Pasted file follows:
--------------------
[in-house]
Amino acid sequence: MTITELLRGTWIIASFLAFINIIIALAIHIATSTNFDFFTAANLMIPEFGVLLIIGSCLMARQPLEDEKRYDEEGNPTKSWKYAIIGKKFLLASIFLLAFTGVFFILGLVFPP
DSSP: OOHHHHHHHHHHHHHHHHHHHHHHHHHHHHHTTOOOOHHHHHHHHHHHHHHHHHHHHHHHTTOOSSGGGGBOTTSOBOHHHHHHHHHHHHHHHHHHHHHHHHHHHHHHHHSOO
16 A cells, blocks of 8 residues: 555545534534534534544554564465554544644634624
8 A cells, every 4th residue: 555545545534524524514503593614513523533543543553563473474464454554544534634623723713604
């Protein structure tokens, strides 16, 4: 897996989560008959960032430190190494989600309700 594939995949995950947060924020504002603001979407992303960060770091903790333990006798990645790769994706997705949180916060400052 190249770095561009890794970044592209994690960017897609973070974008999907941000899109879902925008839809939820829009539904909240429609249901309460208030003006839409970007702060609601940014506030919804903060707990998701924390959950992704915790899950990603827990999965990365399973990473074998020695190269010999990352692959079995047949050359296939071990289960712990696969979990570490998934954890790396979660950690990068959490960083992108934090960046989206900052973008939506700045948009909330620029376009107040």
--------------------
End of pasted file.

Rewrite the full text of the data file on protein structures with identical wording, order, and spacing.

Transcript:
[in-house]
Amino acid sequence: MTITELLRGTWIIASFLAFINIIIALAIHIATSTNFDFFTAANLMIPEFGVLLIIGSCLMARQPLEDEKRYDEEGNPTKSWKYAIIGKKFLLASIFLLAFTGVFFILGLVFPP
DSSP: OOHHHHHHHHHHHHHHHHHHHHHHHHHHHHHTTOOOOHHHHHHHHHHHHHHHHHHHHHHHTTOOSSGGGGBOTTSOBOHHHHHHHHHHHHHHHHHHHHHHHHHHHHHHHHSOO
16 A cells, blocks of 8 residues: 555545534534534534544554564465554544644634624
8 A cells, every 4th residue: 555545545534524524514503593614513523533543543553563473474464454554544534634623723713604
């Protein structure tokens, strides 16, 4: 897996989560008959960032430190190494989600309700 594939995949995950947060924020504002603001979407992303960060770091903790333990006798990645790769994706997705949180916060400052 190249770095561009890794970044592209994690960017897609973070974008999907941000899109879902925008839809939820829009539904909240429609249901309460208030003006839409970007702060609601940014506030919804903060707990998701924390959950992704915790899950990603827990999965990365399973990473074998020695190269010999990352692959079995047949050359296939071990289960712990696969979990570490998934954890790396979660950690990068959490960083992108934090960046989206900052973008939506700045948009909330620029376009107040």